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July 21, 1989 - Image 43

Resource type:
Text
Publication:
The Detroit Jewish News, 1989-07-21

Disclaimer: Computer generated plain text may have errors. Read more about this.

WHY BETH SHALOM'S
RELIGIOUS SCHOOL?

wish I had a chance to bowl
against those guys."
If he had tried, could he
have been a pro? "Yeah,
definitely, without a doubt,"
he says. He regrets not trying
to make the tour, but feels he
is better off pursuing his pro-
fessional and earning money
in amateur bowling events.

"The people who make
money (on the PBA tour), I
call them Super Freaks.
They're unbelievable. Be-
cause the fellas that make
money are just a cut above
everybody else. It's very, very
tough. I have quite a few
friends who've gone out who
I thought were real, real good
bowlers — just haven't done
that well at all. I can stay
home and bowl on the week-
ends and make money."
Silverman generally bowls
one league at a time but
changes leagues frequently,
for variety's sake. He plans to
bowl this fall in a Redford
league which offers a $7,500
prize for the championship
team:
Silverman plans to bowl in
a match-play event in Penn-
sylvania over the Labor Day
weekend. If he does well in
Pennsylvania, he may bowl in
the High Rollers tourney in
Las Vegas in October. For an
entry fee of $1,000, bowlers in

the match-game event get a
crack at a $250,000 top prize.
But first round losers go
home with nothing.
During Thanksgiving he
will bowl the Hoinke Super
Classic, which now pays
$100,000 to the winner.
In head-to-head "combats,"
confidence is a key, says
Silverman. "You have to be
able to stay calm. A lot of peo-
ple lose their calm.
"When I was 15 years old I
was bowling all over the city
for money, going around and
bwling people — gambling. I
grew up, as far as the gambl-
ing atmosphere, betting on it;
it didn't bother me. I think
that was a little help. But I'm
used to head-to-head battles.
I like them."
Although Silverman has
rolled several perfect games,
he's never had a sanctioned
300. That remains one of his
goals. He'd also like to win
the $250,000 Las Vegas
tourney. But the competition
drives him more than does
the money.
"I like the money, but corn-
petition definitely outweighs
the money. The money's good,
but I like the head-to-head
combat, one-on-one. Because
you've got to be really tough,
you've got to be mentally
tough."

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DEDICATED FACULTY AND CLERGY

INNOVATIVE JEWISH STUDIES

Located at OAK PARK and WEST BLOOMFIELD

Non-Members Welcome

Contact School Office: 547.7972

David A. Nelson
Rabbi

A Phone Call May BeYour Best
Hope Of Getting Through.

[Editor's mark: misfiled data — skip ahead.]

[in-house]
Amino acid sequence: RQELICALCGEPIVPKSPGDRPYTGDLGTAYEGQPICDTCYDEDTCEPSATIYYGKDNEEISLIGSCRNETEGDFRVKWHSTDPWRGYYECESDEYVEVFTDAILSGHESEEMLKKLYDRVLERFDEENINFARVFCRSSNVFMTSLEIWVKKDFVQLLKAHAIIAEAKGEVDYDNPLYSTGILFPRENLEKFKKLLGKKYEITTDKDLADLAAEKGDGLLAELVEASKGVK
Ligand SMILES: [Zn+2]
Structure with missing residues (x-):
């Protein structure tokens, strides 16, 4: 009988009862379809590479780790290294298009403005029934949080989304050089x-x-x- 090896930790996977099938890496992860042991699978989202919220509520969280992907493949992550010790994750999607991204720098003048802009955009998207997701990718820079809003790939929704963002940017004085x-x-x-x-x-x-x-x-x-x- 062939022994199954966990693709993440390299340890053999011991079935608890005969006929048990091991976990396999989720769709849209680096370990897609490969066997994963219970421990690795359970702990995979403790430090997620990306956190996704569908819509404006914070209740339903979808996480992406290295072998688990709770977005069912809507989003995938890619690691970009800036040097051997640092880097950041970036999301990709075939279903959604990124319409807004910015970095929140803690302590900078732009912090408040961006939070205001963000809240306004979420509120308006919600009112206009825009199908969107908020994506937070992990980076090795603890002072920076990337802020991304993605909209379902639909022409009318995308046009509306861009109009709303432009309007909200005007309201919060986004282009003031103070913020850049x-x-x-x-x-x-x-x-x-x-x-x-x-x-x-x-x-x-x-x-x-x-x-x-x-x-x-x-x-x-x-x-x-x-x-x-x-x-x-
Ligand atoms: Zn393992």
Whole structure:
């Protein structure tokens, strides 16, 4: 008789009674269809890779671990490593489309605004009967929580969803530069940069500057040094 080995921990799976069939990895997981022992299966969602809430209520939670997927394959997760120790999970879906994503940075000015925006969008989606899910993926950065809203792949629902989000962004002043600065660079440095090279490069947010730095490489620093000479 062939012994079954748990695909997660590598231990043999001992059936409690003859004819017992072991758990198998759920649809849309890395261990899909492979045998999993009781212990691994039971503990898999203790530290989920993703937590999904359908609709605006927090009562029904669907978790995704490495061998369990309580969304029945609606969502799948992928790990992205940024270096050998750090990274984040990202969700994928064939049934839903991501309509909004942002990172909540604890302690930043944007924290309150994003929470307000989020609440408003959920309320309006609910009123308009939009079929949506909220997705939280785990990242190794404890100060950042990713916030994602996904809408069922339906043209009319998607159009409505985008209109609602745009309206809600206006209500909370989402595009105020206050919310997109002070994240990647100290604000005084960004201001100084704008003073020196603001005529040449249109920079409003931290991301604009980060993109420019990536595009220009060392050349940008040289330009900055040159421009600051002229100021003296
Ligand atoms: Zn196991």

Smoke Bomb Mars
Closing Of Maccabiah

DAVID LANDAU and
HUGH ORGEL

Special to The Jewish News

T

he closing ceremonies
of the 13th Maccabiah
at the Western Wall
were marred by the explosion
of a smoke bomb, an incident
which police said was pro-
bably accidental.
Though three people were
hospitalized following the ex-
plosion, the ceremonies con-
tinued without incident. The
ceremony in the Old City was
followed by a march through
Jerusalem.
The Israeli team marched
in victory, having taken first
place with a total of 258
medals.
The host country, with by
far the largest number of
athletes participating in the
Jewish Olympic-style tourna-
ment, topped its closest rival,
the United States, by a com-
fortable margin.
The Americans, who sent
520 athletes to the quadren-
nial event, the second largest
contingent, collected 199
medals in the seven days of
competition. At the last Mac-

cabiah in 1985, they took
home 246 medals.
The U.S. basketball team,
coached by Ben Braun of
Eastern Michigan University,
brought home a silver medal
after bowing to Israel 101-92
in the final game.
Canada trailed in third
place, with a total of 70
medals.
Most of the events took
place at the Ramat Gan
Stadium, near Tel Aviv,
though the closing cere-
monies were held at the
Western Wall.
There had been speculation
immediately after the smoke
bomb explosion that the bomb
had been planted by ultra-
Orthodox activists, who had
denounced the ceremonies as
a desecration of the Jewish
religious shrine and threaten-
ed violence.
The ultra-Orthodox objected
because both men and women
participate in the sports
events and because Olympic
games are the invention of
the early Greeks, who were
enemies of the Israelites.
An editorial in Hamodia,
published by the largely
Chasidic party Agudat

Cy Servetter
Education Director

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hest help for your teenager.

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